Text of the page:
Compositional data consist of vectors of positive percentage values summing up to a unit. In this paper, we propose two variable selection rules for compositional data and two criteria for a recommended solution to select a subset of variables. The proposed rules are based on minor determinants of a variance-covariance matrix or a correlation matrix. They are the same as McCabe's (1984) idea for variable selection rules in principal component analysis. We apply the rules and the criteria to three real datasets and consider their performance. As a conclusion, the performance of the rule based on a minor determinant of a variance-covariance matrix is better than the other one. The rule is useful to apply, but further consideration would be necessary for applying the criteria to any datasets.
The understanding of consumer product and brand image is vital to the implementation of marketing. The understanding of consumer image through associative networks in particular allows for a deep understanding of the relationships between associations and provides effective business hints. In this study a new research method for understanding consumer images through associative networks was proposed and an empirical study was held to determine the effectiveness of this proposed method. Analyzing the survey results showed that the associations obtained by having participants create associative networks are sufficient for use in marketing purposes, as intended.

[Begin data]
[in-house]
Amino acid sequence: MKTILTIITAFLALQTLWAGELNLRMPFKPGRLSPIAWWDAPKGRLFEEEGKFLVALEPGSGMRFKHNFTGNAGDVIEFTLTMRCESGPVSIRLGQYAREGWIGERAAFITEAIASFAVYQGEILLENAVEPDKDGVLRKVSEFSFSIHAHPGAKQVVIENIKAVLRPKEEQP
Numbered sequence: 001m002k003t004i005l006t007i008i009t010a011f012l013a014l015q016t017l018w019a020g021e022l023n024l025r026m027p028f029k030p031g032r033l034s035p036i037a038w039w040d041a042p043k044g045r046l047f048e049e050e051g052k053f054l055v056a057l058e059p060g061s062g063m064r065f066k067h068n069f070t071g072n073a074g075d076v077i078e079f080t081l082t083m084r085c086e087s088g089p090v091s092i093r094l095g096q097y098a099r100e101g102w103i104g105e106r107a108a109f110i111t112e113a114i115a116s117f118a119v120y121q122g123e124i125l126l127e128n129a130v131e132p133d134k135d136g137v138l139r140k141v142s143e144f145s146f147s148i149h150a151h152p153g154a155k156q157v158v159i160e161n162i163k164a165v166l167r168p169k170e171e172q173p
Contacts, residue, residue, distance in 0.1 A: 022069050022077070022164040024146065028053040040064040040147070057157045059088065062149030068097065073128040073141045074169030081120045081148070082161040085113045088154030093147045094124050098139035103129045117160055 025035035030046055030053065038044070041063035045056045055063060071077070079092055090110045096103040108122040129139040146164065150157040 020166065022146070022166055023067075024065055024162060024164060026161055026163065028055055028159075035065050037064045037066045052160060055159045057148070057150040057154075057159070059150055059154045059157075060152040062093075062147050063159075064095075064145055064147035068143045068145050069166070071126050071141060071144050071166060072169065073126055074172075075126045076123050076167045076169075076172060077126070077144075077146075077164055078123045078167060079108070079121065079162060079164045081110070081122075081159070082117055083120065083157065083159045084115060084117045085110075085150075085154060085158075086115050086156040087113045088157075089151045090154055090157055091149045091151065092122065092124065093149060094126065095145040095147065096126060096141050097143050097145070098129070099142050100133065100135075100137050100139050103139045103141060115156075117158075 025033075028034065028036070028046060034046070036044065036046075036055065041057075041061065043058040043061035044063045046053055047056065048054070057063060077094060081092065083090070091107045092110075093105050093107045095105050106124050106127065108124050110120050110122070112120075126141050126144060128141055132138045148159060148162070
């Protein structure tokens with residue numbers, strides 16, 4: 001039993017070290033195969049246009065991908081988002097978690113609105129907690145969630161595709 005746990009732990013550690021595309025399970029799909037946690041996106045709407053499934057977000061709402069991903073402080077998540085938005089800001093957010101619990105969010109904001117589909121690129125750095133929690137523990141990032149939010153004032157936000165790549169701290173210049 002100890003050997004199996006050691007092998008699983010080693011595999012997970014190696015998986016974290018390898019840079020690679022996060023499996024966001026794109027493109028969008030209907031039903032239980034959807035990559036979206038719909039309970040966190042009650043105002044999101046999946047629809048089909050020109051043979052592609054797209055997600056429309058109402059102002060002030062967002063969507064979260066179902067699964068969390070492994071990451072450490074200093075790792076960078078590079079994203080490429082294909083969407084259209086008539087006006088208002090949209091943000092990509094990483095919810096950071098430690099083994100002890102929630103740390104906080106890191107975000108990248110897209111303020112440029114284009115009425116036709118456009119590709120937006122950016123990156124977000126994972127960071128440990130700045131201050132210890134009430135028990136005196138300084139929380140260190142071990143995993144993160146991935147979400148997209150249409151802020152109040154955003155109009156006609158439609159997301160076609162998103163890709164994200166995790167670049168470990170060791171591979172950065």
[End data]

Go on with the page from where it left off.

In this research, as a basis of studies regarding when certain works were written, an estimation was attempted using the works of Ryunosuke Akutagawa. In the experiment, two types of data sets were created from the text with part-of-speech tagging, and a comparative analysis was performed using three methods: Linear Regression, Support Vector Regression, and Random Forest Regression. As a result, when the works were written was estimated with rather high accuracy. The average of absolute value of estimation error and standard deviation was approximately 1.4 years. The order of high accuracy of estimation was Random Forest Regression, Support Vector Regression, and Linear Regression.
When we use multidimensional scaling (MDS) to analyze a dataset in which the magnitude of the values considerably differ (vary) among objects, for example, customer purchase history data, it often occurs that the only points of objects with large values scatter well in the configuration, but the others with small values do not scatter well. It is said that joint uses of MDS and cluster analysis is often desirable. In this study, we showed that the joint use of MDS and cluster analysis also worked well in the above case, through the analysis of two-mode three-way proximity data such as several variance-covariance matrices of objects obtained from each condition. We also used an external analysis with MDS to show the information about each of the two modes on the same configuration simultaneously, in order to easily observe the global structure of data through the configuration.